Reentering the smaller tower, what appeared to be a side room lined in blues and gold had been opened. Standing at the back of the crowd I pushed up onto my tiptoes to see. What looked like tiny bed was in the middle between three Brahmin.
As we stood to the back, the Brahmin performed their ritual while the worshippers outside clasped their hands together and raised them overhead. The Brahmin stepped out of the small room and closed the door. A bell tolled outside signally the end of the Puja. The crowd seemed happy almost joyful as they turned to go about their nightly habits. Socializing at the temple a bit then presumably off for dinner or bed.
I’d come to learn later what we had been welcomed to join was a night Puja at one of the largest Shiva temples in Southern India. Sure it would have been nice to know ahead of time that Shiva was the Deity behind honored that night. Or that the night Puja was to join Shiva with his wife Parvati for bed. While knowing details ahead of time might have given me a sense of what to expect, not knowing did not diminish what I felt. Contentment and community.
For the first time on our trip, no one came up and asked for a photograph with me. No one stopped to ask any questions like who was I or why was I here. Everyone just let me be there. As I remarked on the fact to our guide, he smiled saying “worshipers are focused during a Puja.”
If you’re a Hindu reading this, I’d love to know your thoughts on tourists participating in or witnessing a Puja. My point of view is obviously that of an outsider, but from what I’ve seen there is a lot of pride and openness in India to help outsiders understand more about Hinduism. Is that fair to say? In which case if you see anything below that’s incorrect or would like to elaborate on the points explained, I welcome your contribution in the comments below or links to your own blogs on Pujas or Southern Indian culture.
For those like myself who are less familiar with Hinduism including Brahmins and Pujas, here’s a little more information.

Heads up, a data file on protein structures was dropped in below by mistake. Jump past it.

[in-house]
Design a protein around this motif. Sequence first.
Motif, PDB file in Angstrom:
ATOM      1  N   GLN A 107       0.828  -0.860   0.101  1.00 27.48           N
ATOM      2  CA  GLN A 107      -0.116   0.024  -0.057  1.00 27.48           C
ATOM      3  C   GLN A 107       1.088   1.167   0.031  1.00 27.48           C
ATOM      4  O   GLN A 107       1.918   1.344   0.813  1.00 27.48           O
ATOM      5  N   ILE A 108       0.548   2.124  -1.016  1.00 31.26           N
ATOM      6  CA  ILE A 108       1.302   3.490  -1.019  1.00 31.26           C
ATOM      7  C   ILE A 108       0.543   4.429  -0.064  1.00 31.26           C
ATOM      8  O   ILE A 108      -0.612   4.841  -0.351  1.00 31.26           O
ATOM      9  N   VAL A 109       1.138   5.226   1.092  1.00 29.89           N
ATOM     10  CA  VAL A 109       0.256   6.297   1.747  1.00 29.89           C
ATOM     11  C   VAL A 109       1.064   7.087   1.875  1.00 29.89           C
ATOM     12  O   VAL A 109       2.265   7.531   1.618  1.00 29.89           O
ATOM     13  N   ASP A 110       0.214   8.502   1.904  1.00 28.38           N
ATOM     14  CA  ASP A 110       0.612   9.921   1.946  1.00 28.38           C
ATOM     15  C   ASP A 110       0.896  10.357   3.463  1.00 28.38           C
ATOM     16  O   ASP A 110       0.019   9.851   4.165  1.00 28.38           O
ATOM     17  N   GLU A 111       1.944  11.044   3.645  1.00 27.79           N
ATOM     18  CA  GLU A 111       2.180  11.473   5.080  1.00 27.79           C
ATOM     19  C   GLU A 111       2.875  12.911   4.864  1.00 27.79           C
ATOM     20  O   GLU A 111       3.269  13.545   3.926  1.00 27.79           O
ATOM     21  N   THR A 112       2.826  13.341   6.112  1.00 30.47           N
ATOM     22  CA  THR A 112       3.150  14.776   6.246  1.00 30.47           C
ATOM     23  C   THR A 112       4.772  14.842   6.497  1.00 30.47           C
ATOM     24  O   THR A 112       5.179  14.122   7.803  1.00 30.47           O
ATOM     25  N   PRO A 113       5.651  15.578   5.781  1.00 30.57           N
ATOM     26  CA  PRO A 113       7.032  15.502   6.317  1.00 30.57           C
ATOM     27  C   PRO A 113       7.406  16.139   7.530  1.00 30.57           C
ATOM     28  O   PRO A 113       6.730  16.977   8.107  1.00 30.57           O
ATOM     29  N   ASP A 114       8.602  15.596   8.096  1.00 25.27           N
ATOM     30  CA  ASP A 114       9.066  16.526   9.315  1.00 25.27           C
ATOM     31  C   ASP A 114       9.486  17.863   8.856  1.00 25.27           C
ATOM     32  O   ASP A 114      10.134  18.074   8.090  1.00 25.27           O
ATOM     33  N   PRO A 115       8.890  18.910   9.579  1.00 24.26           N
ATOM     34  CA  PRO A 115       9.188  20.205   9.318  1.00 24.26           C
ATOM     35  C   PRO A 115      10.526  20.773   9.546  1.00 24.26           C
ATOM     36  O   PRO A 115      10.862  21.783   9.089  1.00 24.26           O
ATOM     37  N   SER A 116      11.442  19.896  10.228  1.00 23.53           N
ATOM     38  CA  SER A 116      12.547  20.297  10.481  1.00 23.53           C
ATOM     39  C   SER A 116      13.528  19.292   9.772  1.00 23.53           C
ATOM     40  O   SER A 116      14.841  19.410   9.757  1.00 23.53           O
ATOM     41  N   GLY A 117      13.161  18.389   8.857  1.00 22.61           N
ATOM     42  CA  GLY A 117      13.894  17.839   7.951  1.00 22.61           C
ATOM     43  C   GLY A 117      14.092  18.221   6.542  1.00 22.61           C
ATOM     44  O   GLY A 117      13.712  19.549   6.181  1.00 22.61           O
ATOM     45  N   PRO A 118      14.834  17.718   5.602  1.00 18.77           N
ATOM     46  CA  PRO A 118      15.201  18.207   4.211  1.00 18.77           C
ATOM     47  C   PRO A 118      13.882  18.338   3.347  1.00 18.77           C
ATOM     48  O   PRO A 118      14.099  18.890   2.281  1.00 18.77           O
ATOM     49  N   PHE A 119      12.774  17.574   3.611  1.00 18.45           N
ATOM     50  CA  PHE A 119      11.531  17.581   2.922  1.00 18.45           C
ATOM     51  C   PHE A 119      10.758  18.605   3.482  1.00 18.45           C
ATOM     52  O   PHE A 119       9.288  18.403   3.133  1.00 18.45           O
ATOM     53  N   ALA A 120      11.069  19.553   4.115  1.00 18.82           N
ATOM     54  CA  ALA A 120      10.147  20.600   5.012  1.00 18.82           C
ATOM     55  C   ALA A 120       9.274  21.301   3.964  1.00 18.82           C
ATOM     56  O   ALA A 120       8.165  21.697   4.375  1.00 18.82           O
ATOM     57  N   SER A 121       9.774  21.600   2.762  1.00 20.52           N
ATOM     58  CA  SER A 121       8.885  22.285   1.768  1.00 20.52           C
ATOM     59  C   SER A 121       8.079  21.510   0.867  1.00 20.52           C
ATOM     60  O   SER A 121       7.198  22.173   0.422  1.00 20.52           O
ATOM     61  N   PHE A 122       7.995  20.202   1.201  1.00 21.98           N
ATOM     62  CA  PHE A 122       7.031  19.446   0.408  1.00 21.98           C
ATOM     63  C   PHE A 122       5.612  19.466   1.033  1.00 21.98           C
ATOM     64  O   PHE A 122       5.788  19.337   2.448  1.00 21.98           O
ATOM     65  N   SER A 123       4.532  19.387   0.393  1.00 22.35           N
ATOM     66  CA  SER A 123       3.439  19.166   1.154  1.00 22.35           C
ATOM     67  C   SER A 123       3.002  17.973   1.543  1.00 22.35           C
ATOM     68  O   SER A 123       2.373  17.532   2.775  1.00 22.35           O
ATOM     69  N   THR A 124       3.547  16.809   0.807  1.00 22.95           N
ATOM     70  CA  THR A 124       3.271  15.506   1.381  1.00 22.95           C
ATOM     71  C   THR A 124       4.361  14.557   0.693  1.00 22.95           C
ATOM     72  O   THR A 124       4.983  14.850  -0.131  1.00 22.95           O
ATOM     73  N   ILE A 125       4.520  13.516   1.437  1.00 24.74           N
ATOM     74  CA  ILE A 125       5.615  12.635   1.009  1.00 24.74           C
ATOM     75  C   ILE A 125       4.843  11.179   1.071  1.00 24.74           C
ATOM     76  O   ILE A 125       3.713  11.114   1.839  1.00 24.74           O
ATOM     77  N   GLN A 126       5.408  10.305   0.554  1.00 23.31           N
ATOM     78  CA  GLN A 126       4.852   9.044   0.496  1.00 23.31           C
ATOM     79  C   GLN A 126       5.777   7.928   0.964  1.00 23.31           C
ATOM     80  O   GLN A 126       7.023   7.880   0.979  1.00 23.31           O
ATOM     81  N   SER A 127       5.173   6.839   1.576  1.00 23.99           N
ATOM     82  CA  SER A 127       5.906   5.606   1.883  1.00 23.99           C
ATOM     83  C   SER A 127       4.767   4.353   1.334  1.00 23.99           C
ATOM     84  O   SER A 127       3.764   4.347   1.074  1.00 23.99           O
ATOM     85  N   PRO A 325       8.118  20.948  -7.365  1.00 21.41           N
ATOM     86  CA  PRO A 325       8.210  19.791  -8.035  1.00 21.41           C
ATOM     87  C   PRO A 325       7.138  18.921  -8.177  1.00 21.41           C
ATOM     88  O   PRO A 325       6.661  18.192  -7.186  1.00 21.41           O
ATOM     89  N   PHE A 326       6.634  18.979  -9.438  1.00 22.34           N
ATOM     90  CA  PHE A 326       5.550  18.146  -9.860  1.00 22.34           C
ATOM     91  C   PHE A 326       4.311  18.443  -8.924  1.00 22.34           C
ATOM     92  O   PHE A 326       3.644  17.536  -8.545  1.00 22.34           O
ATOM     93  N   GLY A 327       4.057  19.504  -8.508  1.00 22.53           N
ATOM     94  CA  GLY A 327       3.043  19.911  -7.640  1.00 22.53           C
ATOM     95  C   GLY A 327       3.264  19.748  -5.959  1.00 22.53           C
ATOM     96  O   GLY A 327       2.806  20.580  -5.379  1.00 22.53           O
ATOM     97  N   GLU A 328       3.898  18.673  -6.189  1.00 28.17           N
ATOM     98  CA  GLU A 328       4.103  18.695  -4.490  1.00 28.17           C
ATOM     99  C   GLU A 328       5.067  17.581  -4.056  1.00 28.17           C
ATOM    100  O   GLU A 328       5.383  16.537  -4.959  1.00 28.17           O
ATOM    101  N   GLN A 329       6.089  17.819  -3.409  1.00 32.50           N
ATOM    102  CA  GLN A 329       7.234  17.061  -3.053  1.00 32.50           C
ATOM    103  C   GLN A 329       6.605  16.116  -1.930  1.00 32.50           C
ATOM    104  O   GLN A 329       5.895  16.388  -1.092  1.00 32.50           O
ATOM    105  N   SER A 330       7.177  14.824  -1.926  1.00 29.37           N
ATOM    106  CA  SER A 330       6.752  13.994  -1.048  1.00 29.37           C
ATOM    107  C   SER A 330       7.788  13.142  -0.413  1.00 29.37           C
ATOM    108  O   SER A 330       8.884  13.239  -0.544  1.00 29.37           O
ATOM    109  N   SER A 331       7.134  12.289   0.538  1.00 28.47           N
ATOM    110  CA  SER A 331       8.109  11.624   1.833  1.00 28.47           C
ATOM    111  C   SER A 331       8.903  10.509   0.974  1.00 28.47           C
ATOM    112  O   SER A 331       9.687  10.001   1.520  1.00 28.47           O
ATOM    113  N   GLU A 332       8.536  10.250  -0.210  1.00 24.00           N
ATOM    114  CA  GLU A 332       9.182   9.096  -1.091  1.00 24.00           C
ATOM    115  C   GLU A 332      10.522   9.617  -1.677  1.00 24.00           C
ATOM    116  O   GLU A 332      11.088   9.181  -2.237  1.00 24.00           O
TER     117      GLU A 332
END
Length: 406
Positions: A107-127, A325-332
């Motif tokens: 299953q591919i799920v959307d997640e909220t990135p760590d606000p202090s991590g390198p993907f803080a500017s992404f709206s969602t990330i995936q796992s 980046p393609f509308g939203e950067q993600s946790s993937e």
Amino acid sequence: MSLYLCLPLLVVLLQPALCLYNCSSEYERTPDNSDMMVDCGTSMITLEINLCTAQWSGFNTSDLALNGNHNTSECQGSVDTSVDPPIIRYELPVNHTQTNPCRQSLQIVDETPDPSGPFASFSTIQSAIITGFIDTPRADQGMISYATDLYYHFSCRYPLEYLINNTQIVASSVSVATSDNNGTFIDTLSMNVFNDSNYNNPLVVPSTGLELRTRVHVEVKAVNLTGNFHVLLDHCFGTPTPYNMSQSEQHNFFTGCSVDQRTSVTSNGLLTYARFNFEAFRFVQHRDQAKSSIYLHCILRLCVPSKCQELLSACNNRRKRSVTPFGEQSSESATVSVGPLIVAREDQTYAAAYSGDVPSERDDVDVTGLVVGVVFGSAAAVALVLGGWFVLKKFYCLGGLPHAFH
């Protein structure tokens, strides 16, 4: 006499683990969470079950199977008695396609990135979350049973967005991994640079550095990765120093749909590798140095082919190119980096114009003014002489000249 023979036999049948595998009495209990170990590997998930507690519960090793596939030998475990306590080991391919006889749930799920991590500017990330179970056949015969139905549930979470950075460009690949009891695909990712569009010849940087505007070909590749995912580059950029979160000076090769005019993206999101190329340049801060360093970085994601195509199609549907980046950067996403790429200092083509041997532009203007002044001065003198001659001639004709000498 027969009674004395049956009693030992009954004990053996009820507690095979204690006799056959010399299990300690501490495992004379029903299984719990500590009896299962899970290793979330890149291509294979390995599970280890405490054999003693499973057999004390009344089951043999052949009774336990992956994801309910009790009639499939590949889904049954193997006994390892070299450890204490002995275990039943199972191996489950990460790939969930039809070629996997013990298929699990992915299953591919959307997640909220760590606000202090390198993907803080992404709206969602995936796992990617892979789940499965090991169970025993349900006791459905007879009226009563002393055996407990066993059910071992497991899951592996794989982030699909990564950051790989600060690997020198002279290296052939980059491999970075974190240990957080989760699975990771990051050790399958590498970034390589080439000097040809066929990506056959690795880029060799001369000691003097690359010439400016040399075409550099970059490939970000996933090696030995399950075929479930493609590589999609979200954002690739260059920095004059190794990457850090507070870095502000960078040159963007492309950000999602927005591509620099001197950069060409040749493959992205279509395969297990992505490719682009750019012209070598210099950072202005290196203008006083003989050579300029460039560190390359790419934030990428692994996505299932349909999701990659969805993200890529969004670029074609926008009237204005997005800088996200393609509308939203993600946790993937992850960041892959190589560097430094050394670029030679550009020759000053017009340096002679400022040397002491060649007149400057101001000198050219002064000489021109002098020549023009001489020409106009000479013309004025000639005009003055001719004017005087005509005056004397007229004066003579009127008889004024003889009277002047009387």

What Does Brahmin Mean in Hinduism?
A Brahmin is a keeper of the faith so to speak. Charged with teaching and maintaining sacred knowledge from one generation to the next a Brahmin is both a priest and a teacher. In Hinduism Brahmins come from the highest caste or varna. At the time of the night Puja in Brihadisvara Temple I didn’t know the men I saw were Brahmins. Or even who Brahmins were. All I knew is that you could tell instinctively that Brahmins are respected among worshipers at Puja.
What is a Puja?
In English Puja is sometimes spelled Pooja or Poojah and all spellings are pronounced the same, poo-jaa. A Puja is a Hindu ceremony that can be done at home with simple offerings of flowers or fruit or it can be as elaborate as the one described above at Brihadisvara Temple.
Pujas at live temples (meaning active temples) tend to involve not just more people but more elaborate rituals. From what I can gather, in all cases a Puja is ritual of offering light (fire), flowers, water or food to a deity. A Puja is an offering and a witnessing between human and guru.
In the case of the Puja we attended at Brihadisvara Temple, we were attending the night Puja which started at 8:30pm. Along with the daily morning, mid noon and evening Pujas the night Puja has been happening the exact same way for over a thousand years.
Built by Tamil king Raja Raja Cholain between 1003 and 1010 AD, the Brihadisvara temple is now part of a UNESCO World Heritage Site known as the “Great Living Chola Temples”. Built of granite, the vimana tower is one of the tallest in South India. It’s also stunning in intricacy and shocking that such a ornate architecture has stood the test of time as a live temple.
During they day, Brihadisvara Temple gives off a soft golden glow thanks to it’s granite construction. Just before sunset Brihadisvara Temple is miraculous. I’m pretty sure this is where the phrase “magic hour” actually comes from.
That night Puja at Brihadisvara Temple was the single most intense travel experience I’ve ever had. Maybe it was the fire and smoke but more likely the people. I didn’t have to believer or a Hindu, I was welcomed all the same.